The smile was covered by a surgical mask but John Size couldn’t hide his delight after debutant Courier Wonder blitzed his rivals at Sha Tin on Saturday.

The 11-time champion trainer is typically as understated as they come, but there was a sense of joy – and relief – that he’d found a really smart one.

Size has been the master of private purchase griffins (PPGs) – horses who come to Hong Kong unraced – taking his time and educating them before progressing through the ranks and rattling off four or five wins in a season.

They have been the backbone of his championship campaigns – think Champion’s Way, Full Of Beauty, Conte, Beat The Clock and Mr Stunning in recent years – but that didn’t happen in 2019-20 and Size had a tough term by his lofty standards, finishing sixth with 46 winners.

The 66-year-old knew he needed the next wave to come through and it looks like Courier Wonder can lead the charge after winning the Class Four Nelson Handicap (1,200m) by five-and-a-quarter lengths.

“I’m very excited to have a horse like that – I haven’t had one for a while,” Size said. “I was wondering at the beginning of this season where a good horse was going to come from and I think we’ve found one already.

“It’s impossible to compare them on one outing, but in Hong Kong, if a three-year-old wins its first start by a margin, normally they go all the way.”

The son of Sacred Falls, who was bought for NZ$150,000 (HK$777,000) at Karaka by Price Bloodstock, also created history by being the first debut winner who had trialled only at Conghua – the Jockey Club’s training facility in mainland China.

Covid-19 means notoriously slow starter John Size springs into action early

“It’s normal training – it doesn’t make a huge difference to a normal horse. It probably just helps manage the numbers and it’s good for some horses to have a different environment,” Size said. “But for this particular guy, I don’t think it would make any difference if he was at Conghua or Sha Tin.”

Courier Wonder rolled straight to the front – just like he did in his most recent trial – but the most telling moments were in the straight when championship-leading jockey Joao Moreira looked behind three times to see where the others were.

The answer was nowhere in sight with $1.40 favourite Everyone’s Delight battling on to finish second, Super Mission almost seven lengths back in third while Brave Power, who came fourth, was nine lengths off the winner.

Connections enjoy Courier Wonder’s win.

The Magic Man was actually laughing as he crossed the line, so it will be a long time until Courier Wonder starts at $6.75 again.

“I’m very happy with him coming to the races and doing exactly the same thing as he did in a barrier trial at Conghua – it’s really heartening,” Size said. “It’s quite unusual for horses to win like that first time out – normally they’re very good horses. He’s only a three-year-old and obviously he’s going to have a bright future.”

Chau picks up where he left off

Apprentice Jerry Chau Chun-lok might’ve served a two-meeting suspension after a breakthrough treble at Happy Valley on October 14, but he picked up where he left off with a double at Sha Tin on Saturday.

The 10-pound claimer guided Francis Lui Kin-wai’s promising youngster Sunny Star home in the Class Four Pitt Handicap (1,400m) before combining with the Danny Shum Chap-shing-trained Baltic Success in the very next race to take him to 16 winners for his Hong Kong career.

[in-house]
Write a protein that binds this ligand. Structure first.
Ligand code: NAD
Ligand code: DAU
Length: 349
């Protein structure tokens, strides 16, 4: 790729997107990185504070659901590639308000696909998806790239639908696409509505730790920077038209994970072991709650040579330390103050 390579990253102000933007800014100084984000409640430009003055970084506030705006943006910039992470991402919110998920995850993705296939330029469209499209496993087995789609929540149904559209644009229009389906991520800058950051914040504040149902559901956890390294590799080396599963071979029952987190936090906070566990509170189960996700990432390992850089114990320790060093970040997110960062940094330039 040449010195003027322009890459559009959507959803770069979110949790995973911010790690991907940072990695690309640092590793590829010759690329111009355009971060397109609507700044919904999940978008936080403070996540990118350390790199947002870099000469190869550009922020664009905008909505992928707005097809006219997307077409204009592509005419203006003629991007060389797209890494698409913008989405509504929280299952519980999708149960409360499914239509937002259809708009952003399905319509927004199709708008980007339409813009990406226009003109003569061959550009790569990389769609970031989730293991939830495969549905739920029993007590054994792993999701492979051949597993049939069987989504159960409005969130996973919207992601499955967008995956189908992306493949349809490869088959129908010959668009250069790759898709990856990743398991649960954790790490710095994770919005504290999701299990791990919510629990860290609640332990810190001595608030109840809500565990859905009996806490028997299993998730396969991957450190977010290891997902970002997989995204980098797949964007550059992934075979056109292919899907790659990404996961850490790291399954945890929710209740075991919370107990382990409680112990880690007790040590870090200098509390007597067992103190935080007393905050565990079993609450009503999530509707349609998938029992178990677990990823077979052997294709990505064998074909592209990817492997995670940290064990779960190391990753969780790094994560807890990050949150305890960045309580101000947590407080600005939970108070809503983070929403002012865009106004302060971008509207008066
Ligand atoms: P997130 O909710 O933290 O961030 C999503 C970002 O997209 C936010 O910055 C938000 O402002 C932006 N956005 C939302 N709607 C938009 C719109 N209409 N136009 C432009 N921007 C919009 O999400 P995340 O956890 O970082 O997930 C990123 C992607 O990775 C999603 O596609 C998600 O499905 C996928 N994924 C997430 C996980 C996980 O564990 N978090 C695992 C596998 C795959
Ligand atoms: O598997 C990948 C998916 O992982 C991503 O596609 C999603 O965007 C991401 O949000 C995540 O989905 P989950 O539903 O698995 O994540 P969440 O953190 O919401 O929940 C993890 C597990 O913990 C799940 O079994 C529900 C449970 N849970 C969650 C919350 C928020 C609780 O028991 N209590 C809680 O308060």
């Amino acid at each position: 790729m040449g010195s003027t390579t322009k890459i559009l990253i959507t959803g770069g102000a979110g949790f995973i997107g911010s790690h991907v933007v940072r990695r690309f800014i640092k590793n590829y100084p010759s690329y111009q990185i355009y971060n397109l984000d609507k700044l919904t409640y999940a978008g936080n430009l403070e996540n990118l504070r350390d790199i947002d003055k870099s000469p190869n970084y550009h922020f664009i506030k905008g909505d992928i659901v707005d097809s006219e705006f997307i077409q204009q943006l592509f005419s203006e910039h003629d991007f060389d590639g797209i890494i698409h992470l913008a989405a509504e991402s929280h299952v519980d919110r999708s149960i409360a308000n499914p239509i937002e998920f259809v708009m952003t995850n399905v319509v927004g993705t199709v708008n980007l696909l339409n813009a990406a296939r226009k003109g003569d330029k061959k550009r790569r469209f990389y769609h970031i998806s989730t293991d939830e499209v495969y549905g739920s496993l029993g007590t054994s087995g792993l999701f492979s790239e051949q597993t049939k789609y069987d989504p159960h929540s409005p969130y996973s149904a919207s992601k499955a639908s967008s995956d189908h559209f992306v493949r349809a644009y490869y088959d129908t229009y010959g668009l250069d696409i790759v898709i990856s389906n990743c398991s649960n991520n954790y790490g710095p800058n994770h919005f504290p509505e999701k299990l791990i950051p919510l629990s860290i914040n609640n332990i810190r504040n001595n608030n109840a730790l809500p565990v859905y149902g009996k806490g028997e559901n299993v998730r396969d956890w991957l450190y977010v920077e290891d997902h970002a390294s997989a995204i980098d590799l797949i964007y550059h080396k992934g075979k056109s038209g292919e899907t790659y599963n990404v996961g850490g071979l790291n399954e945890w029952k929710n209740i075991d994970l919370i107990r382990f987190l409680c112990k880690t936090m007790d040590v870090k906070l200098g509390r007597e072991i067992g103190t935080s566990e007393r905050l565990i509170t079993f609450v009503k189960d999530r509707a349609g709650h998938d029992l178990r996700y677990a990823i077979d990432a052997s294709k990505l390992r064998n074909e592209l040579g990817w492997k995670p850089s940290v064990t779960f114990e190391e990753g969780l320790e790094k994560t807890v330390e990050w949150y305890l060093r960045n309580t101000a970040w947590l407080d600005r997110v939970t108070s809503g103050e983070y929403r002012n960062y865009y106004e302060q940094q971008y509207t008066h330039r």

Hard work pays off as apprentice Jerry Chau snares first Hong Kong treble

Sunny Star has now won two of his five starts and his trainer was pleased the plan to use Chau came off.

“He’s not a big a horse [1,010 pounds] and his rating was 60 so I discussed with the owner and we both preferred to run in Class Four with the 10-pound claim. He is only a three-year-old,” Lui said.

“I think that made a difference and the horse will have learned a lot from that. He will go to Class Three now, but we’ll stay at 1,400m and see how we go.”

Werther and Ping Hai Star employed again

Hong Kong Derby champions Werther and Ping Hai Star might have finished their racing careers but they are set to inspire people again after being named New Zealand Thoroughbred Racing welfare ambassadors.

The two are settling into retirement at Highden Park near Palmerston North – the place they grew up and also the home of Beauty Generation – and will start visiting tracks to promote the welfare of horses post-racing.

“It’s such a privilege and it wasn’t something we were anticipating when we rehomed the boys,” Highden Park’s Libby Bleakley said. “These horses love having something to do, they love having a job. They look after weanlings for us and they go on the truck to keep mares company, and I think they will thrive with this next step. They will just be called upon when needed. They will head to their first event next Sunday at the Wanganui racecourse.”

Werther won the 2015 Hong Kong Derby, going on to be named Horse of the Year that season and finish his career with three Group One victories, while Ping Hai Star was brilliant winning the 2018 Derby but had his career cut short after suffering a suspensory injury.

Yip continues strong run

Dennis Yip Chor-hong continued his good recent form with an early double at Sha Tin as veterans Goko and The Full Bloom both broke 18-month droughts.

Fresh off collecting the Group Two Premier Bowl with Wishful Thinker last weekend, the trainer now has seven winners for October and five from the past four meetings.

Straight-track specialist Goko kicked it off in the Class Four Hamilton Handicap (1,000m), basically leading all the way under Frenchman Antoine Hamelin.

The Full Bloom got the prize in the very next race, the Class Five Wylie Handicap (1,400m), with Matthew Poon Ming-fai lifting him over the line. Coincidently, the two horses last won in April 2019.